Franconia Potatoes

Who says economical and easy can’t be synonymous with attractive, tasty and special?  This recipe is from our Mom’s 1946 Better Homes and Gardens Cook Book.  Back then, most cooks had potatoes from their gardens, and dry bread they could make into crumbs in their kitchens. I whirled mine in my food processor and added a little Italian seasoning for interest.  You can certainly use purchased bread crumbs.  (I left a couple small bread heels out to dry overnight for this.)
I liked this recipe because it could bake while I browned the pork steak from my brother-in-law’s homestead hog in a small amount of bacon fat, and stir-fried some garden vegetables.  I like not having too many dishes needing last minute attention.  This is also great for oven meals – where you can bake the rest of your meal at 350° also.
I melted the butter right in my baking sheet, dipped the potatoes in the butter, then rolled in the bread crumbs on a paper plate, then placed back on the sheet.  Why waste another pan?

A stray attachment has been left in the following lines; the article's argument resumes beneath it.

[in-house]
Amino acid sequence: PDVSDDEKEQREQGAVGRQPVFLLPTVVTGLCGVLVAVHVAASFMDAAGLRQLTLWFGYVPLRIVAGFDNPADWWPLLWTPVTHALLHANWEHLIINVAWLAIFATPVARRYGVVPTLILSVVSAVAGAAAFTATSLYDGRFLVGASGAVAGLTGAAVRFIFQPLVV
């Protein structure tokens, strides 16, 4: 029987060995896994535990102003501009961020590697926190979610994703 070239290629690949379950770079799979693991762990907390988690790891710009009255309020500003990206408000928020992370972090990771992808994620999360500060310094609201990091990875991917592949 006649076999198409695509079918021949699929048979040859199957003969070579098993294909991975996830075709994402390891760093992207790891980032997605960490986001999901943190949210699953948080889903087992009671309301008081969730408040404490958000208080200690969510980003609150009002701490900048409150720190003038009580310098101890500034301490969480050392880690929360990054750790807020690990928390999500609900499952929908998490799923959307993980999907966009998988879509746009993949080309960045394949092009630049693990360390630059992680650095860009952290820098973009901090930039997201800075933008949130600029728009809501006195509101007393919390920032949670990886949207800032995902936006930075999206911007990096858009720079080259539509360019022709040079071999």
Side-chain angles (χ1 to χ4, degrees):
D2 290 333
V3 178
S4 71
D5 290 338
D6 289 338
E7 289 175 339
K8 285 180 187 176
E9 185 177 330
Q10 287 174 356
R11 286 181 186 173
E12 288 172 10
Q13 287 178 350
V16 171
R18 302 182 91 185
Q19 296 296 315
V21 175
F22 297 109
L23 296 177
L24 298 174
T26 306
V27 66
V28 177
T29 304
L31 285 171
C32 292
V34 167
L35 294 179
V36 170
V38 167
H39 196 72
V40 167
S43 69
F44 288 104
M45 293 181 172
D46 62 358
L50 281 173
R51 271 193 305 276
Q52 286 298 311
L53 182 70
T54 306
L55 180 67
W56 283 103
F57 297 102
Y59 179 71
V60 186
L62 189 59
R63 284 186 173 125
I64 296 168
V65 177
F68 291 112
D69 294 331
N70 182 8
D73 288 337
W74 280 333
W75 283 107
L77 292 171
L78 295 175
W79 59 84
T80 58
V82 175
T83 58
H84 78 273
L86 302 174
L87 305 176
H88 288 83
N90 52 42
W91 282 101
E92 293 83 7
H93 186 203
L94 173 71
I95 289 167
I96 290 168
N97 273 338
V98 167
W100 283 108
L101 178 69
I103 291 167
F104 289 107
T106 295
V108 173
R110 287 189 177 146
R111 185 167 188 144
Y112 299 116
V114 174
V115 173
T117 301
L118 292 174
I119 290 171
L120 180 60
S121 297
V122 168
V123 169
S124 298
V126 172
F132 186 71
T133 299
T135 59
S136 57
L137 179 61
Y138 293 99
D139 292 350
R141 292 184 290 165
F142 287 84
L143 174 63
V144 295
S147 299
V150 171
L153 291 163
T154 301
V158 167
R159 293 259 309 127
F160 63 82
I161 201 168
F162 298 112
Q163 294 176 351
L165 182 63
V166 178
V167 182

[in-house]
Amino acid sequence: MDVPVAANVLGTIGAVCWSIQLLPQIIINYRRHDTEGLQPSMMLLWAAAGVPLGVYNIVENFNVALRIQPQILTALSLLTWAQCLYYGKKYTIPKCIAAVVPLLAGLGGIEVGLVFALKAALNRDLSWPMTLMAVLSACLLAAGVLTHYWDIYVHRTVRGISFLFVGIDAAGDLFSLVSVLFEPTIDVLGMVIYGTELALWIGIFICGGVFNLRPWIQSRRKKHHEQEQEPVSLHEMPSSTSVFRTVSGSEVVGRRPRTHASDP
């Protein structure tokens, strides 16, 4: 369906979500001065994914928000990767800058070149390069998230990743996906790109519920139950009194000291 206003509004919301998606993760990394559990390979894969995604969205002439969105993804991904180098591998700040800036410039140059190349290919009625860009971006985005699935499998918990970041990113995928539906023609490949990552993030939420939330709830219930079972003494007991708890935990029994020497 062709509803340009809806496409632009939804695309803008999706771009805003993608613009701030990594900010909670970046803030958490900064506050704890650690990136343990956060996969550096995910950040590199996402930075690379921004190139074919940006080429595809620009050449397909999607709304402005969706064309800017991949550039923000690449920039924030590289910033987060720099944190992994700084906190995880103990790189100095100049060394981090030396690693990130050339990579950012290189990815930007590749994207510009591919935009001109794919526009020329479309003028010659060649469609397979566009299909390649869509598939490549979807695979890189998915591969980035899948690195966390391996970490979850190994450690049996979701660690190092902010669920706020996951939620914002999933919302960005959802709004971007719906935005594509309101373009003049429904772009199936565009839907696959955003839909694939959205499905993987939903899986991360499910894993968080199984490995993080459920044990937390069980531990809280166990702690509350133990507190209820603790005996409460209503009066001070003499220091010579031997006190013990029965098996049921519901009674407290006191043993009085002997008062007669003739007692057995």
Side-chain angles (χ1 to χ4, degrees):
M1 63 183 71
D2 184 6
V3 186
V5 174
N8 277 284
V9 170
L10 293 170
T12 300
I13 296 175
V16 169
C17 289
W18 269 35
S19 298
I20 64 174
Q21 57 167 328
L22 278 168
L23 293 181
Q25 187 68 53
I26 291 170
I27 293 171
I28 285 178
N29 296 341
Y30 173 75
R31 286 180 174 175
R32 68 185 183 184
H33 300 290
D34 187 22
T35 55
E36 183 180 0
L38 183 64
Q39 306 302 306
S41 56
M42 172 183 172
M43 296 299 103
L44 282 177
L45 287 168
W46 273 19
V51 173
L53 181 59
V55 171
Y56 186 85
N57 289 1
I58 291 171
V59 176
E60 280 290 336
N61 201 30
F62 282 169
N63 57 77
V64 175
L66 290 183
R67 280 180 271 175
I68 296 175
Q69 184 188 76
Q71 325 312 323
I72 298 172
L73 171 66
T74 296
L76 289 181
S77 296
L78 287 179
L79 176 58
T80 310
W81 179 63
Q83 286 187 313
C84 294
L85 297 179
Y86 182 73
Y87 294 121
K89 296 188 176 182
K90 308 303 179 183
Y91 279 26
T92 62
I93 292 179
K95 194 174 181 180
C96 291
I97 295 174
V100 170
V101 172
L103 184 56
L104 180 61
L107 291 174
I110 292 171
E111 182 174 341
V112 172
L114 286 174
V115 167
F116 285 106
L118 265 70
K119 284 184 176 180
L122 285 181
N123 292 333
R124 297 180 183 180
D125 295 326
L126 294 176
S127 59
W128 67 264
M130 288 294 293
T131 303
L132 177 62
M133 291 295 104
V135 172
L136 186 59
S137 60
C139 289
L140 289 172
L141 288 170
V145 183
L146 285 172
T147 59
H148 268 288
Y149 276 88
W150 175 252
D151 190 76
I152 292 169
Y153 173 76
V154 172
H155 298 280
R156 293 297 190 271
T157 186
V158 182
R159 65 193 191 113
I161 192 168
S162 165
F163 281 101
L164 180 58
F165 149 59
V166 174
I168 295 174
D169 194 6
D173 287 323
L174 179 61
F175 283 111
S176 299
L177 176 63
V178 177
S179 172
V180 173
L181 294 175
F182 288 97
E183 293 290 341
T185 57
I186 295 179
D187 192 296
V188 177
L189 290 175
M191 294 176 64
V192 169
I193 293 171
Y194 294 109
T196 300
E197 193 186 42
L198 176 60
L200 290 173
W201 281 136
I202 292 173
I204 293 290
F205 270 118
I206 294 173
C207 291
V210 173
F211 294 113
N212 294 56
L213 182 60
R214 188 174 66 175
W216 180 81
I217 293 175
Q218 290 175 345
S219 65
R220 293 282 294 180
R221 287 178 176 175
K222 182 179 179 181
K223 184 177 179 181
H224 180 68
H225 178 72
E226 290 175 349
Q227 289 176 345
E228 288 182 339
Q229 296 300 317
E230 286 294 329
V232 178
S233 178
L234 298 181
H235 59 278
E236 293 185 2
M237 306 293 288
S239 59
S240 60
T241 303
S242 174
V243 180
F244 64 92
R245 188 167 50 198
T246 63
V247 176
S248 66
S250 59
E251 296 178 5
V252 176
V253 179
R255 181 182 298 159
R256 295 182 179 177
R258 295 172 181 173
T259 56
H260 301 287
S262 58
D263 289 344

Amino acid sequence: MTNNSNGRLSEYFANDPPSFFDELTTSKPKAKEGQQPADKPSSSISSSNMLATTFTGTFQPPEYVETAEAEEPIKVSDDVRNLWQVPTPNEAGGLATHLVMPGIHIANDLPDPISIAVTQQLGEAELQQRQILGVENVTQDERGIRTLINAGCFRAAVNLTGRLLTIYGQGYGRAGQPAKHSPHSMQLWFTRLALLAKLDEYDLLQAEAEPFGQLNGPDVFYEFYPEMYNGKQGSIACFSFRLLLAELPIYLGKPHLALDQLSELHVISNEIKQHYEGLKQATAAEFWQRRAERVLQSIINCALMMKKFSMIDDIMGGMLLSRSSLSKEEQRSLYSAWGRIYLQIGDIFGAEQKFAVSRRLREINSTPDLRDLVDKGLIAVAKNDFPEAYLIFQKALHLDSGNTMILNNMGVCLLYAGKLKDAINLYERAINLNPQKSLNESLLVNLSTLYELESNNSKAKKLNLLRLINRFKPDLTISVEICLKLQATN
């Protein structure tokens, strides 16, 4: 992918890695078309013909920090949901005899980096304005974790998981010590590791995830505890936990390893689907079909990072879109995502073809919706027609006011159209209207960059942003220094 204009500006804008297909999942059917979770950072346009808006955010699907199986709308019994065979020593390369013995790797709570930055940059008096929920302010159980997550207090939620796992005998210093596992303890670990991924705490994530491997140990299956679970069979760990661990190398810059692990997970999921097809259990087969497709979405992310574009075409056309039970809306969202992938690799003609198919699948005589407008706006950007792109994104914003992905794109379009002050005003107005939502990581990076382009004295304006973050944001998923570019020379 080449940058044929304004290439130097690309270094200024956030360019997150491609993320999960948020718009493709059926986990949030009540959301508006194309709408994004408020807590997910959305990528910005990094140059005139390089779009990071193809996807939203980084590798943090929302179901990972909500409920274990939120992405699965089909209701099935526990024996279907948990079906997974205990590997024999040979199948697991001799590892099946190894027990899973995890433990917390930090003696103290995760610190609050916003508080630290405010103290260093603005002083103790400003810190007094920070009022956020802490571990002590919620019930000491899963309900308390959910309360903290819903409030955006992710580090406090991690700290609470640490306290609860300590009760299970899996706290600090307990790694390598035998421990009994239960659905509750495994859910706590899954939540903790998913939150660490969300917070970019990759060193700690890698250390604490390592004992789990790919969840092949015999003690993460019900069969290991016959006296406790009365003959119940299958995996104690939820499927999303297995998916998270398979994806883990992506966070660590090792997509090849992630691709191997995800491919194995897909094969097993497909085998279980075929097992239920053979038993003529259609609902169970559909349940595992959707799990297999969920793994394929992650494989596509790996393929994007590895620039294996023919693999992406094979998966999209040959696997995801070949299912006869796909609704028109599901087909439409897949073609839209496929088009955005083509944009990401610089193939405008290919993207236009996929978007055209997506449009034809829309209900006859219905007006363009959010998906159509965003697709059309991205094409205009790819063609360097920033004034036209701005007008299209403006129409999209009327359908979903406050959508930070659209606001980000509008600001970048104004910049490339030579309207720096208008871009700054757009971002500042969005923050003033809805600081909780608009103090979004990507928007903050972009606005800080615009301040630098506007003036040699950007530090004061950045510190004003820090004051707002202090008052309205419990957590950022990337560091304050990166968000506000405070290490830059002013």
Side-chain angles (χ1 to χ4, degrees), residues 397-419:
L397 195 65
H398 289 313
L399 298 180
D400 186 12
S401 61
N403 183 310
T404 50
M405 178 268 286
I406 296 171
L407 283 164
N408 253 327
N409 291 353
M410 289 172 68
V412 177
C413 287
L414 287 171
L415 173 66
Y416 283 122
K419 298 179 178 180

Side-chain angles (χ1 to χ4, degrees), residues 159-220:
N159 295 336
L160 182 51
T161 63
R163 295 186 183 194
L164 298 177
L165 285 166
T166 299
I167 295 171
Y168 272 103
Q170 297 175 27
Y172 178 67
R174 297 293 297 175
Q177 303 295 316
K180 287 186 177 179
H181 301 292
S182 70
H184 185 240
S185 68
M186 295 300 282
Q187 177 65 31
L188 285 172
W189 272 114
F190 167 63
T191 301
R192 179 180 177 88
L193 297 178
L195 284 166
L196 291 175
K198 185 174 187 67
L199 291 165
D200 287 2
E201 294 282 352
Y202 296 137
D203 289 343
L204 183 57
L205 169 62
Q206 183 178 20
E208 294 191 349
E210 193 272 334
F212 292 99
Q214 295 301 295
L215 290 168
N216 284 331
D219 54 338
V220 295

Franconia Potatoes
  16           Ounces  Potatoes -- peeled and quartered
     1/4      cup  Butter -- melted
     2/3      cup  Dry Bread Crumbs
Preheat oven to 350°.  Pare potatoes; cut in wedges.  Dip in butter.
Coat with dry bread crumbs and place on greased baking sheet.   Bake 20 minutes, turn and bake 10-15 minutes more, at 350°.
6 Servings
  Per Serving: 175 Calories; 8g Fat (42.6% calories from fat); 3g Protein; 22g Carbohydrate; 1g Dietary Fiber; 21mg Cholesterol; 186mg Sodium.  Exchanges: 1 1/2 Grain(Starch); 1 1/2 Fat.


  1. These look awesome! I will have to try them.

  2. Made these tonight along with homemade chicken salad sandwiches & homemade coleslaw. I used 1/3 c Panko & 1/3 c Kentucky Kernel seasoned flour to coat ours. There was butter left, so I drizzled it over the potatoes in the pan (lined with foil & sprayed w/Pam). They were a hit! I had made enough so hubby can have leftovers for his lunch at work tomorrow. :-) Thanks!

    1. Glad you liked them...simple is often the best. You menu sounds delicious!

  3. Simple is indeed best anymore, Sue! Merry Christmas to all of you!


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